Diversity star and The Greatest Dancer host Jordan Banjo on the final four dance acts, his own dancing hero and memories of BGT…
After breaking through the mirrored wall at the auditions and impressing at the live challenge shows, just four dance acts remain to battle it out for the title of The Greatest Dancer 2019.
If anyone knows about talent show finals it’s The Greatest Dancer co-host Jordan Banjo. In 2009, he and older brother Ashley, 30, won Britain’s Got Talent with street-dance crew Diversity – beating hot favourite Susan Boyle!
As the final four acts prepare to dance their way to winning a £50,000 cash prize and the chance to perform on Strictly Come Dancing, Jordan, 26, has some sounds advice on how they can make it all the way…
What’s it been like hosting The Greatest Dancer, alongside Alesha Dixon?
"Well, there hasn’t been any pressure on me to dance, which has been nice for once. At the auditions, I really enjoyed sitting with the friends and family of the acts and just watching loads of talented people dance. Usually with these shows there’s a clear front-runner. But, even as a dancer myself, I really don’t know who’s gonna win!"
What tips would you give to the final four acts?
"The dancers need to remember that the reason the mirror opened at their first audition was because they connected with the audience. Certainly make the performance ‘bigger’ as it’s the final but don’t lose who you are or change things too much. Just be yourself and do what you do."
Can you believe it’s been 10 years since you won Britain’s Got Talent with Diversity?
"No! It’s crazy. It makes me feel old. I’m sat here, a couple of injuries deep, surgery on my knees, wondering what’s happened to me..."
What’s your standout memory of the BGT final?
"The atmosphere at the BGT final was tense. It seemed like all of Britain was watching, so we really felt the pressure. I remember all of Diversity standing on stage at the end and, when hosts Ant and Dec revealed that saxophonist Julian Smith had come third, we all started high-fiving and hugging, thinking second place was great – as far as we were concerned NOBODY was beating Susan Boyle! It’s only when I saw a few of the boys fall to the floor and start crying that it dawned on me we’d actually won! I can assure you, no one was more shocked than us that night."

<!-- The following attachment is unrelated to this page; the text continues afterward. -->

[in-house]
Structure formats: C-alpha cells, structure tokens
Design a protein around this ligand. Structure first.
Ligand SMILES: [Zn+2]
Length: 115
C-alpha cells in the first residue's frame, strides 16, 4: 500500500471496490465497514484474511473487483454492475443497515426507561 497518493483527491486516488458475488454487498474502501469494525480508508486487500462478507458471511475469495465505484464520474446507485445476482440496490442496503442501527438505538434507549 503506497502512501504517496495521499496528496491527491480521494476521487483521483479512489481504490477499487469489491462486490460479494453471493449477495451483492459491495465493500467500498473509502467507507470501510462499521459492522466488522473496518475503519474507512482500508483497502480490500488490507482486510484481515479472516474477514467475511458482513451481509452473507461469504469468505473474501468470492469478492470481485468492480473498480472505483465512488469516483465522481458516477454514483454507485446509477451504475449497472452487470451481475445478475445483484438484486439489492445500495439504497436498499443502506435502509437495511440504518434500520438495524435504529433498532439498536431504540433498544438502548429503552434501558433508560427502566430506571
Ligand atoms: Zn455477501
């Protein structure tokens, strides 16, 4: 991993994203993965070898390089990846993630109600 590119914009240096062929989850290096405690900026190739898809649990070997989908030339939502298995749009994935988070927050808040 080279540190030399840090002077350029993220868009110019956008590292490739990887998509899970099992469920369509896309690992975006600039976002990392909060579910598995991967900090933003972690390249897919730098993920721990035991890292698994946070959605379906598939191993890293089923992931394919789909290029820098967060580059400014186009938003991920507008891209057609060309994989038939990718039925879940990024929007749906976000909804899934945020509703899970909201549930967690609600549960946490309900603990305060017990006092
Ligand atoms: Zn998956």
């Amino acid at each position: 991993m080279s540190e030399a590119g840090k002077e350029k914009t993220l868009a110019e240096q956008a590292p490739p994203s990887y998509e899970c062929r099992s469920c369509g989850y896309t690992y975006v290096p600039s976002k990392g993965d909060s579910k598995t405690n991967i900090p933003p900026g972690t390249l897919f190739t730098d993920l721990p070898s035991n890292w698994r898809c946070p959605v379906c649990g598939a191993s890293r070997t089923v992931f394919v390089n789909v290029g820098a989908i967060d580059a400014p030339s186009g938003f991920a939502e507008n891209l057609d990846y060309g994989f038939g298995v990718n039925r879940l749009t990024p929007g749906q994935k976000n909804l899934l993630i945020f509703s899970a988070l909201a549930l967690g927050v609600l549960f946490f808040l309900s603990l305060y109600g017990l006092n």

What advice would you give to kids who want to take up dancing but might not know how to get into it?
"I think the thing that stops a lot of people, and it certainly stopped me at first, is a lack of confidence. When I teach, I always tell my students, don’t be afraid to mess up; you’re here to learn, so if you mess up, good, just keep learning. As Diversity, we’re lucky enough to perform in arenas and do sell-out tours and we mess up all the time. So if I could give one piece of advice it’s don’t let not being confident hold you back. I’ve been dancing properly for over 15 years now and even I still get nervous. You’ve just got to do it!"
Diversity has a 10th anniversary tour this year. Did you ever think you’d achieve all you have after winning BGT?
"I was a grumpy, pessimistic 16-year-old when we did BGT and I had no idea we’d still be here 10 years on. I believe it’s down to people connecting with us and appreciating what we do. But I don’t think you can ever be complacent. As Diversity, we know there are always new street-dance crews out there who are hungry to be where we are. So we’ve got to keep working hard and thinking ahead."
Finally, who do you think is the greatest dancer ever?
"He’ll probably hate me for saying this but that would have to be my brother Ashley. He’s helped me with everything from dancing to TV presenting to advising me on getting my first mortgage. Ash is a kid from Essex, who’s been teaching dance since he was 12 and who built Diversity from the ground up. For me, he’s the greatest dancer."
The Greatest Dancer final can be seen on Saturday February 23 at 7.10pm.
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